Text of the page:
Robotics is the technology that involves the physical embodiment of artificial intelligence in robots, which are machines that substitute for humans, and replicate human actions. George Devol dropped out of school before he got to college to become a self-taught genius inventor who, in 1954, invented the world’s first robot.
The initial robots were really programmed arms, but now there are many versions of bipedal robots, which are becoming increasingly lifelike with soft ‘skins’, considerable dexterity, and programming that enables them to carry on limited conversations. Development is ongoing to add social intelligence, such as reading body language, and recognizing and expressing (but not feeling) emotions.
Robots are being used in a wide range of situations, especially those where it would be dangerous for humans. In addition to manufacturing and warehousing, robots are used in:
- Almost every area of agriculture
- The military (soldiers, bomb disposal)
- Construction (painting, carpentry, home-building, security guards)
- Food services (preparation, service, delivery)
- Personal services (hairdressing, teaching, elder care, sign language interpretation)
- Disaster management (decommissioning nuclear facilities)
A recent and interim approach is ‘cobots’, which are robots working alongside humans. Robotics technology is being used to create powered exoskeletons, which are worn by humans to increase their natural capabilities. (They are worn by construction workers to increase their upper body strength, and by people, who have lost the use of their legs, to walk.) Perhaps the most sobering innovation is robots teaching other robots!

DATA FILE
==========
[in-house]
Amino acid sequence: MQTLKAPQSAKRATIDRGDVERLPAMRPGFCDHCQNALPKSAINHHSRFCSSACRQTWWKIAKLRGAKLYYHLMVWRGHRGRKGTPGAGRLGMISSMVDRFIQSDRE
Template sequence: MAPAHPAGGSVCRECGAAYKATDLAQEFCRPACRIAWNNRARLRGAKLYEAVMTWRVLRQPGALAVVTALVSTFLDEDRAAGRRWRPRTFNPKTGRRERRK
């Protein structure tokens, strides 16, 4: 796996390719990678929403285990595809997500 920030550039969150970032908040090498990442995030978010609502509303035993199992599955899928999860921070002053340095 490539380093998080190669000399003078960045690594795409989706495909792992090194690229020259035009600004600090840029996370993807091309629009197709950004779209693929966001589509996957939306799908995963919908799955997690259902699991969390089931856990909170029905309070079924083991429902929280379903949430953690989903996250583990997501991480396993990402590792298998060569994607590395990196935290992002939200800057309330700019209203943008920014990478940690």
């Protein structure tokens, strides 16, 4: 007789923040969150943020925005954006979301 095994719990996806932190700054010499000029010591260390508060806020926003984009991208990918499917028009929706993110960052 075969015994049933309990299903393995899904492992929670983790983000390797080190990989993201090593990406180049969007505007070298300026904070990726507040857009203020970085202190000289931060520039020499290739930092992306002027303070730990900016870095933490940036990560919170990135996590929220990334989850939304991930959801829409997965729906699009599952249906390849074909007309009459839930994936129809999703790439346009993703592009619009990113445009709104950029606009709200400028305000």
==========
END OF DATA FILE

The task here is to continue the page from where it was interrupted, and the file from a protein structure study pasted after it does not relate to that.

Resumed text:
Replacement of humans by robots is the most obvious form of job loss. Current manufacturing employment in the US is estimated to be 8 million less than if robots were not used. A study estimated that one robot replaces over 6 workers (and that does not include the reduction in management and employment services). The UK is expected to lose 15 million jobs to automation, much of which will be achieved using robots.
The fear expressed by many is that robots will become so powerful that they will decide there is no further need for fallible (stupid?) humans. A more likely eventuality is that the evolution of robots and humans will merge into the science fiction cyborgs. The intelligence and physical capabilities of robots will evolve beyond that of current humans (the Singularity, forecast to occur in the 2040s). But while that is happening, the ability of humans to access AI via the internet (with wireless links to frontal cortices) will expand human intelligence, and the same science used to create robots will be used to improve humans’ physical abilities (with augmented limbs and senses).
Besides manufacturing, two industries particularly impacted by robotics are medicine and retail. The associated robotic technologies warrant separate pages.
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Machines replacing humans (Robotics/Home – 2018-04 – John Wong)
UK farmers can use this soft robot to help with crop picking (Robotics/Farmwork – 2018-03 – ZDNet)
Use of robotics to handle labor shortage on the farm (Robotics/Farmwork & Bees – 2018-03 – TechRepublic)
Robots hit record shipments in 2017 with continued demand growth in several industries (Robotics – 2018-02 – ZDNet)
Using robots to develop drought-resistant corn crops (Robotics – 2018-01 – ZDNet)